The Bad News About California’s Solar Power Boom

5:01 minutes

Solar panels in the Mojave desert. Photo courtesy U.S. Department of the Interior.

California leads the nation in solar power. Nearly 14 percent of the state’s energy is generated by rooftop and utility-scale solar. And on March 11 of this year, for a brief period during midday, 40 percent of the state’s electricity was coming from the sun.

But the solar surplus comes with a problem: The state’s energy grid can’t deal with all that extra renewable energy. To avoid blackouts due to the energy glut, California actually had to pay neighboring states to take the extra energy on dozens of occasions this year.

[This Brooklyn inventor prints solar panels in his backyard.]

Ivan Penn, an energy reporter at the Los Angeles Times, investigated California’s solar situation, and he joins Ira to talk about the pros and cons of this surfeit of renewable energy.

Segment Guests

Ivan Penn

Ivan Penn is an energy reporter at the Los Angeles Times in Los Angeles, California.

Segment Transcript

IRA FLATOW: And now it’s time to play Good Thing Bad Thing because every story has a flip side, and today’s story is about the fast-moving solar power revolution going on in California. It’s the country’s number one solar-producing state, with solar farms not just out in the desert but on up and down the state’s agricultural center too– the Central Valley, as they call it out there.

And in one day this spring, 40% of all the energy pumping into the grid during midday was from solar. 40%. But that solar surplus comes with a not-so-bright side.

Here to talk about the good and the bad is Ivan Penn, energy reporter at the LA Times. His investigation into California’s solar energy market can be found at sciencefriday.com/solar. He joins us by Skype. Welcome, Ivan.

IVAN PENN: It’s a pleasure to be here.

IRA FLATOW: So you have all this clean energy, but that’s the good news, right?

IVAN PENN: That is the good news. We’ve had tremendous growth in clean energy, solar and wind in particular. Renewables now make up about 27% of California’s energy mix.

IRA FLATOW: And it’s growing all the time.

IVAN PENN: It is. I mean, if you consider that, in national even, solar made up about 39% of all of the capacity that was added. And for California, that means now solar is about 13% to 14%– both utility and rooftop solar.

IRA FLATOW: That’s amazing. So how could this have a bad side?

IVAN PENN: Well, the trouble is that we don’t have a clear policy to manage all of the renewables that we’re adding to the grid. And the state is working on it, but what that has done has led to us paying other states to take our excess solar power.

IRA FLATOW: They don’t get it for free. They actually– you pay them.

IVAN PENN: Well, that’s right. Well, it can be free, but it’s sort of your basic economics here. If they don’t need it, but we need to get rid of it, then we might have to actually pay them to take it.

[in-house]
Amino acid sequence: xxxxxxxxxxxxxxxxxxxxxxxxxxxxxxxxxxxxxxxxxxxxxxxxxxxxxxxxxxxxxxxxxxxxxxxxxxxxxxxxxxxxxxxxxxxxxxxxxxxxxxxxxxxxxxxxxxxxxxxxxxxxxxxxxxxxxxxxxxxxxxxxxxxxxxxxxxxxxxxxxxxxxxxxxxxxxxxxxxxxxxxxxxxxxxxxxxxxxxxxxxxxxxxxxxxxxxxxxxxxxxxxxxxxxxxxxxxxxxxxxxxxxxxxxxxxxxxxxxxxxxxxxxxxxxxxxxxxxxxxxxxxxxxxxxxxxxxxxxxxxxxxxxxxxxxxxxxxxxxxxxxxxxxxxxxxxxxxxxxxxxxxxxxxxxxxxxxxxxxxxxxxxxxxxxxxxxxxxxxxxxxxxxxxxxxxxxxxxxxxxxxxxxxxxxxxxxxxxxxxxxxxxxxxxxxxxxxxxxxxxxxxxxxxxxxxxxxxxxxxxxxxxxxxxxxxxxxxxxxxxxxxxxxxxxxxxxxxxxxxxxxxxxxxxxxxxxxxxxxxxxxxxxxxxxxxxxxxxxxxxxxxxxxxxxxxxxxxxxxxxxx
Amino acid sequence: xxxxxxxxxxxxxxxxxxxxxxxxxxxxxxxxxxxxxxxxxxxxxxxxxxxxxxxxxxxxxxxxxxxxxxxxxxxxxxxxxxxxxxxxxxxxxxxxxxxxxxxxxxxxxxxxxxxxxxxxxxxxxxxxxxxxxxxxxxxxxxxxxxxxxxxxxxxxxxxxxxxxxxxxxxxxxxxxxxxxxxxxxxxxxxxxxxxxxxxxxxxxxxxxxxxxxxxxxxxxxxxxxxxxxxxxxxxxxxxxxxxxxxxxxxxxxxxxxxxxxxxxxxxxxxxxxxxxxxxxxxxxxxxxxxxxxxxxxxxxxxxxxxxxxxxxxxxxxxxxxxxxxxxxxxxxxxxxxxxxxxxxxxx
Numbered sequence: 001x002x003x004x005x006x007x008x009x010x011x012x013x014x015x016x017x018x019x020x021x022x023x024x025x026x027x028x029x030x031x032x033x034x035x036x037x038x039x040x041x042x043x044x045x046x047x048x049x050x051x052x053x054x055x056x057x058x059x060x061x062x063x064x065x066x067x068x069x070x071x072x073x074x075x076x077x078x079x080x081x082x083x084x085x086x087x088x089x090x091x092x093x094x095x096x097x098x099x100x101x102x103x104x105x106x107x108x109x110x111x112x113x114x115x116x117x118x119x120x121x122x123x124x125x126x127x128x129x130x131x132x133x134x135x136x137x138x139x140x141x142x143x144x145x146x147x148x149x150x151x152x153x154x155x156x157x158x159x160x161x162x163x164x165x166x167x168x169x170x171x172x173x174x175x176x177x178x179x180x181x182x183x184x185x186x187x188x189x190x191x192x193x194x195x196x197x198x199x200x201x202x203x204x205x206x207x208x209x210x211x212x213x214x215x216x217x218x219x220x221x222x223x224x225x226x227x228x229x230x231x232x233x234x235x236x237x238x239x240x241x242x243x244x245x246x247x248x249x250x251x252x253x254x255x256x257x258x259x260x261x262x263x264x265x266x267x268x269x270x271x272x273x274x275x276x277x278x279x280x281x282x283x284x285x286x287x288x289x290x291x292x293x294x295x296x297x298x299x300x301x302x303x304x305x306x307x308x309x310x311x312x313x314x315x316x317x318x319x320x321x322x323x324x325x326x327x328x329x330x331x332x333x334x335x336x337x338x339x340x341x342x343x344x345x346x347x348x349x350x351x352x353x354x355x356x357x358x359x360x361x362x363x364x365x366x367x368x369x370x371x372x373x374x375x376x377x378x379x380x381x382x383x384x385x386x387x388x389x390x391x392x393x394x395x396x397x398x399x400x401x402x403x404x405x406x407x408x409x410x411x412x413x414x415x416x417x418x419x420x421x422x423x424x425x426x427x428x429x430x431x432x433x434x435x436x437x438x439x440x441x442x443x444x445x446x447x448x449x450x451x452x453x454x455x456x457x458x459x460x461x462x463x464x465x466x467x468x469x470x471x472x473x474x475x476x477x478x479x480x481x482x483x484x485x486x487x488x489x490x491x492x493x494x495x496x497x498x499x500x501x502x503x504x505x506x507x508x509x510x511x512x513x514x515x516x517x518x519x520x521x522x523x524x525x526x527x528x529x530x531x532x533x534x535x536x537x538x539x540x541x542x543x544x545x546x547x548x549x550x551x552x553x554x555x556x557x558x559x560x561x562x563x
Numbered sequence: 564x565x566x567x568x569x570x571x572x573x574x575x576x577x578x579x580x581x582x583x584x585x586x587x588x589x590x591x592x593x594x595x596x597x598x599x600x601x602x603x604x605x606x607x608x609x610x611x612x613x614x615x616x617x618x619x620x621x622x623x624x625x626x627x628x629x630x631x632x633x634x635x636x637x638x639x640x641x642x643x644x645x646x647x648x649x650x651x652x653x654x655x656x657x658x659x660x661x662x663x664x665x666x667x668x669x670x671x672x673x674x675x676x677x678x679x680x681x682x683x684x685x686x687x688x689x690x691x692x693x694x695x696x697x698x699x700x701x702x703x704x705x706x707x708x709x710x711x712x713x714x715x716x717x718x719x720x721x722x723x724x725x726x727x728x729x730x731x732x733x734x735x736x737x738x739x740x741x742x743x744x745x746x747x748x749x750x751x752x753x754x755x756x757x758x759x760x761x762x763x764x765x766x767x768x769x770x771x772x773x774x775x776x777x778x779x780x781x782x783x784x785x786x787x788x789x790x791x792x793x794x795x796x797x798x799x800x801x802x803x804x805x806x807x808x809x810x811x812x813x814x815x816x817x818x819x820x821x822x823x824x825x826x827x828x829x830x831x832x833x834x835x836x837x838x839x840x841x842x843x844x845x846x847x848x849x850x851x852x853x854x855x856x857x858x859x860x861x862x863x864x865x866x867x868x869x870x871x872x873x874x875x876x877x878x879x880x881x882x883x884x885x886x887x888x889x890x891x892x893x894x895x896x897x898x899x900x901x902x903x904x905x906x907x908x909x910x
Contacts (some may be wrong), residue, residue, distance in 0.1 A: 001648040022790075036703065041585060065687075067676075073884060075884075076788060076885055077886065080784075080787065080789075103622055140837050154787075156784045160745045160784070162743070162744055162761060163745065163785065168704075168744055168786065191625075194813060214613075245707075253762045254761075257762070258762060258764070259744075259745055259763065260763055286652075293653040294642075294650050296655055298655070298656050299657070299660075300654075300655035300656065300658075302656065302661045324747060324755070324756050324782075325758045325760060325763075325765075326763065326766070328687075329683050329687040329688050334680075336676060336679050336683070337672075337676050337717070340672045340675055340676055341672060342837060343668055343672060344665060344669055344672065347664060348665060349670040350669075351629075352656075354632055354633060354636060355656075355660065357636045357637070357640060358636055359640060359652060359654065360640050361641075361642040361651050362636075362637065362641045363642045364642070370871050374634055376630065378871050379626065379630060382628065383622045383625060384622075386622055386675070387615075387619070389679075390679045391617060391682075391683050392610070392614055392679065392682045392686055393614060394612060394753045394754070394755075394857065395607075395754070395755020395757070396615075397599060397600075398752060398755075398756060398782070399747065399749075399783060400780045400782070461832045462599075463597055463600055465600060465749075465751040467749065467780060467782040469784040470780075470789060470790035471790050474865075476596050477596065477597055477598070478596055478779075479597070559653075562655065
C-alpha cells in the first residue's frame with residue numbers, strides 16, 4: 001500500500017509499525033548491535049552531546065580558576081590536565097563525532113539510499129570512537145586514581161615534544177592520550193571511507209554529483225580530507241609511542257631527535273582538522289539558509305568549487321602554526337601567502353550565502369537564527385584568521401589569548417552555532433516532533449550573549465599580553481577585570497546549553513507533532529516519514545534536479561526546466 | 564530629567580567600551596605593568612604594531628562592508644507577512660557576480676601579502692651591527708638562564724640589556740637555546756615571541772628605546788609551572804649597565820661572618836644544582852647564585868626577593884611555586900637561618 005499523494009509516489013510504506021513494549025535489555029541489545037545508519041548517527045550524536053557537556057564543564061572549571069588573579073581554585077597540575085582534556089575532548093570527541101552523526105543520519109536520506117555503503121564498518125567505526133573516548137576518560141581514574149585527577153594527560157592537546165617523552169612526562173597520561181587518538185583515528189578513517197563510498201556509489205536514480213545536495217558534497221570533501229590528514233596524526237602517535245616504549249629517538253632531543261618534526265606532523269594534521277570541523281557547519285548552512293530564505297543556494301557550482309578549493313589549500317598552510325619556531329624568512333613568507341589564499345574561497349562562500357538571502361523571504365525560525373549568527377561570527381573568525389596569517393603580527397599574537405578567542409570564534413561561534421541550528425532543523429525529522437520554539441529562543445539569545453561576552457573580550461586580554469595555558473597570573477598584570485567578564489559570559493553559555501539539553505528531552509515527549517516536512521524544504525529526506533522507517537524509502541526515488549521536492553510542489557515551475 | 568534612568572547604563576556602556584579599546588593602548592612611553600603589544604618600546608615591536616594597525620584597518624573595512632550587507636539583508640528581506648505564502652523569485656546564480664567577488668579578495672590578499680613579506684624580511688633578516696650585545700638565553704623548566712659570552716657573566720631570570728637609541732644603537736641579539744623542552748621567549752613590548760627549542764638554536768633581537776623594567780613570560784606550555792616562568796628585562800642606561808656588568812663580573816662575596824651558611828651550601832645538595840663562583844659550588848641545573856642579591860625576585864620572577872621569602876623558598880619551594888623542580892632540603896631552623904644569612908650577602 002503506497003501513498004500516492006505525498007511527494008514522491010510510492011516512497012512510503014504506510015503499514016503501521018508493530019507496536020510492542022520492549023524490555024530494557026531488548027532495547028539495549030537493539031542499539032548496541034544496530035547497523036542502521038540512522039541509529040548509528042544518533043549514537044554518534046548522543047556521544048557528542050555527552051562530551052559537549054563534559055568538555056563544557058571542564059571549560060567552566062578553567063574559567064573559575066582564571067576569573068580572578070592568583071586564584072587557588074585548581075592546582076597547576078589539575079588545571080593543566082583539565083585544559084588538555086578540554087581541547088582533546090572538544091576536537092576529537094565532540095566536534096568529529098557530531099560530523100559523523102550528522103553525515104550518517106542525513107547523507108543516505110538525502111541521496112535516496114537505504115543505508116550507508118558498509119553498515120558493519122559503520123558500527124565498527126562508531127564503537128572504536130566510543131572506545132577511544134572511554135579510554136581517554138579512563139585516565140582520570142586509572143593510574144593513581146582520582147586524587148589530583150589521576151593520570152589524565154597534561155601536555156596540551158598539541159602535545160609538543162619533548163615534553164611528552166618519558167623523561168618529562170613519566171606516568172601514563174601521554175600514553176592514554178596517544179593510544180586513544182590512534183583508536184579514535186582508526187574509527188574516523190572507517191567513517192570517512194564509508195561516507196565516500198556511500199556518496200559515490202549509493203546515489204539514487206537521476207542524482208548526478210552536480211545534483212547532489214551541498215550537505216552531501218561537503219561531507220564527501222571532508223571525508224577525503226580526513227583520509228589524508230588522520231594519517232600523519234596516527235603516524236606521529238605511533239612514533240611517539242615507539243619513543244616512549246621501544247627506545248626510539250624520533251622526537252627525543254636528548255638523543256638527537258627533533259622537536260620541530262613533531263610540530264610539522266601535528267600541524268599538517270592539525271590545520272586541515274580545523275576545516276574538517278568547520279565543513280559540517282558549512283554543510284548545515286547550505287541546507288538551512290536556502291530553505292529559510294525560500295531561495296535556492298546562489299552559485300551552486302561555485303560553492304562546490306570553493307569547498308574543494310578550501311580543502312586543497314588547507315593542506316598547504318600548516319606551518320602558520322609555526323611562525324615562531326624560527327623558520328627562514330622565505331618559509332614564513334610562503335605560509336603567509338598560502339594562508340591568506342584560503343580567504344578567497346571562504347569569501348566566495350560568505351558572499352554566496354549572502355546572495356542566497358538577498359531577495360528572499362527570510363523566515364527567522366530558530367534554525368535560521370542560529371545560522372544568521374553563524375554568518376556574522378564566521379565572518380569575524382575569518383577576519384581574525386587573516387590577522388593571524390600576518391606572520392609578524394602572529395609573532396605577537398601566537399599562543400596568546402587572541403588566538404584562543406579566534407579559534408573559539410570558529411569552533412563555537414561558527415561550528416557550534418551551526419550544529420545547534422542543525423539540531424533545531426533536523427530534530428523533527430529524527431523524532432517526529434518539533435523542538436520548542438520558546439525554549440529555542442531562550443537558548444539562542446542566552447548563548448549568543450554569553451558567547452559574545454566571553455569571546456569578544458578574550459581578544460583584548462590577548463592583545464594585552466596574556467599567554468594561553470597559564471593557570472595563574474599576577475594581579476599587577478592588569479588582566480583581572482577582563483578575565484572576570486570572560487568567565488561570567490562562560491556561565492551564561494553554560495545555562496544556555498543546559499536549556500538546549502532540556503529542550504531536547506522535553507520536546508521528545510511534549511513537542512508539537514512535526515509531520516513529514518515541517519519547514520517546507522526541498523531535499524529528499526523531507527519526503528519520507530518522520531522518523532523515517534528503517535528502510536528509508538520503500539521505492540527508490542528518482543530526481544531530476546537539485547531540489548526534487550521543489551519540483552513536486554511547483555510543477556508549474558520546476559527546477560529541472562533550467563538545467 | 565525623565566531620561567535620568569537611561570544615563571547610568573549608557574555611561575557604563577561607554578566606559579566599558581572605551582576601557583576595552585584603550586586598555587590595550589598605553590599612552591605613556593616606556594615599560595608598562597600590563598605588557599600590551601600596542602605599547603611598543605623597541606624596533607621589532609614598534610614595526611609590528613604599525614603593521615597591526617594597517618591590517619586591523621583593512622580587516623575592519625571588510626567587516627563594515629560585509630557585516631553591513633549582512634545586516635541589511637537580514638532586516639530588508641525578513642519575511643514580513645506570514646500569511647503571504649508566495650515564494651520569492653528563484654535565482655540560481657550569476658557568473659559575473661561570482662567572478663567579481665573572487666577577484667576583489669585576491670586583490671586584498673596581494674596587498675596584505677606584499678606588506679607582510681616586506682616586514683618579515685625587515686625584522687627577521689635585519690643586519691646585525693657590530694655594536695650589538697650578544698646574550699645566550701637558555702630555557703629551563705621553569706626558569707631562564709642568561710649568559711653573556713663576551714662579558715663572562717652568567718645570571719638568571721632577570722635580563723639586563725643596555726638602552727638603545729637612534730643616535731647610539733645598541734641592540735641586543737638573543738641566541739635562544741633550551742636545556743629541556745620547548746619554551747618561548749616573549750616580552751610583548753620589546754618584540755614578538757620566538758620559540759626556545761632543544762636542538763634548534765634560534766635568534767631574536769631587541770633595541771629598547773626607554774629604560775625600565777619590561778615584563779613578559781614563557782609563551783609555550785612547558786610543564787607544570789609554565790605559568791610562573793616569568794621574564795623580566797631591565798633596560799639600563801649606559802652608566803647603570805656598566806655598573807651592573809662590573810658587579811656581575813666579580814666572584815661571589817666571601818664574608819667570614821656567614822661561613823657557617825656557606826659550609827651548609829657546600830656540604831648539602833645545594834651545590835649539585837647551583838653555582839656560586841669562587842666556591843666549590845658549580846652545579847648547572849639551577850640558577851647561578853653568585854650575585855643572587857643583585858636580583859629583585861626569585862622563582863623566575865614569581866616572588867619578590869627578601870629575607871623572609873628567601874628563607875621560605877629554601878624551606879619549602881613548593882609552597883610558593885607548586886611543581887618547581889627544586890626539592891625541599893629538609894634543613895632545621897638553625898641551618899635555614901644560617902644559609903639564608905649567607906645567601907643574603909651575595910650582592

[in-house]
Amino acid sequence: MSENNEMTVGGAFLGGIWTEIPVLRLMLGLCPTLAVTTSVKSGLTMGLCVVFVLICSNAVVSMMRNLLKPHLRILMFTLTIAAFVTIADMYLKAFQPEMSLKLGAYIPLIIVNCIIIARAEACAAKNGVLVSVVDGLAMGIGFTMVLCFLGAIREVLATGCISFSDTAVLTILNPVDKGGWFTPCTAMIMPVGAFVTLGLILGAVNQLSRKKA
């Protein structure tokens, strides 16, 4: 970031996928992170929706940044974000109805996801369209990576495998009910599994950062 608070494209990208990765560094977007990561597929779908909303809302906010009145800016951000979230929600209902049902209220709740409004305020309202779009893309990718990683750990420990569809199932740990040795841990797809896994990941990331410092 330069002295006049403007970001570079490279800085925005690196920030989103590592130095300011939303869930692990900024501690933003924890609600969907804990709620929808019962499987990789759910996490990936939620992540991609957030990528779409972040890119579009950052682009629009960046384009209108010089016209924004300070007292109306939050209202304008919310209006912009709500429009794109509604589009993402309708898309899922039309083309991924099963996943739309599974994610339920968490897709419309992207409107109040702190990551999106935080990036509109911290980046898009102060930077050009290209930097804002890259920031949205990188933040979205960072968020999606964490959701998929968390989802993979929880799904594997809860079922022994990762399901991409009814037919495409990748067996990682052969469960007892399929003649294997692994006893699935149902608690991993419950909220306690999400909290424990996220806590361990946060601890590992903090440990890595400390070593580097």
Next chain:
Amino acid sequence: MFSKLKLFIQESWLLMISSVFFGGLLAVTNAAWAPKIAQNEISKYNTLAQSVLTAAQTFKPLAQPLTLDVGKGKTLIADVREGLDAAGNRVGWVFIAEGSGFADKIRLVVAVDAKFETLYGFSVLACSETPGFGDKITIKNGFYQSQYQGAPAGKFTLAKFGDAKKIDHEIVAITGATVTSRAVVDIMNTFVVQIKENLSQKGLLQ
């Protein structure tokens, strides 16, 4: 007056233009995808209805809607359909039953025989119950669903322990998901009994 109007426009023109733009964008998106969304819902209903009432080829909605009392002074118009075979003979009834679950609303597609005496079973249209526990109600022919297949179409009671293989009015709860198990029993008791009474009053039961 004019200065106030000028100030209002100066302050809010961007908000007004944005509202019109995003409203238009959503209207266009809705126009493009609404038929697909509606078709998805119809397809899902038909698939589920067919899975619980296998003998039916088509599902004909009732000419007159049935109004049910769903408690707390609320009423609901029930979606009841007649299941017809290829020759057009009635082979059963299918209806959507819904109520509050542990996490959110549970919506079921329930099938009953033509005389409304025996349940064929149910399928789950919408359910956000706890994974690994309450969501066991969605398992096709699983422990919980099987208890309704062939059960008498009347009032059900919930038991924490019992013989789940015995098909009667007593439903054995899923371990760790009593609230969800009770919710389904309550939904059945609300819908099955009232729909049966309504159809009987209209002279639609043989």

IRA FLATOW: Wow. So where are we headed? What needs to change? Do we have to modify the grid? Batteries? What’s your take on all of this?

IVAN PENN: Well, the holy grail is viewed as storage. And that can come in a few different forms, but batteries, of course, is what we’re looking at– Tesla and then their major competitor, [INAUDIBLE]. And getting that where it needs to be, both residentially and on the utility scale, that has been a focal point.

IRA FLATOW: And the cost, then, of solar power is always coming down, isn’t it?

IVAN PENN: It has over the last– if you think back just a decade ago, solar was a blip on the screen. But now, the price has dropped so much that we’ve gone from less than 1% in 2010 in California, as far as solar, to where I mentioned that it’s now at 13% and 14%.

IRA FLATOW: And the batteries are key to all of this because you can store it up. I understand that there’s a special deal in Arizona linking batteries and solar power in a plant?

IVAN PENN: We saw a historically low price with the Tucson Electric Power and a solar and battery combination. So you’re seeing batteries also drop in price. And you may see, in the next two or three years, along the same lines as we’ve seen with solar.

IRA FLATOW: But won’t cheap natural gas hurt that?

IVAN PENN: Well, natural gas– obviously, the fracking boom brought natural gas in lower than coal, and that’s been a big challenge for coal. But what you’ve seen with the solar and the battery combination in Arizona is a price that was actually lower than natural gas.

IRA FLATOW: Lower than natural gas? You can do a battery and solar combination with a power plant that brings it in lower the natural gas? That’s a game changer, it sounds like.

IVAN PENN: It has stunned the industry that that kind of price could come in because batteries were viewed as still too expensive, but that seems to be changing.

IRA FLATOW: Ivan Penn, energy reporter at the LA Times. You can follow him at sciencefriday.com/solar. Thanks for taking time. Good holiday to you, Ivan.

We’re going to take a break. When we come back, we’re going to talk about US weapons labs, and actions that expose scientists to radiation, after this break. Stay with us.

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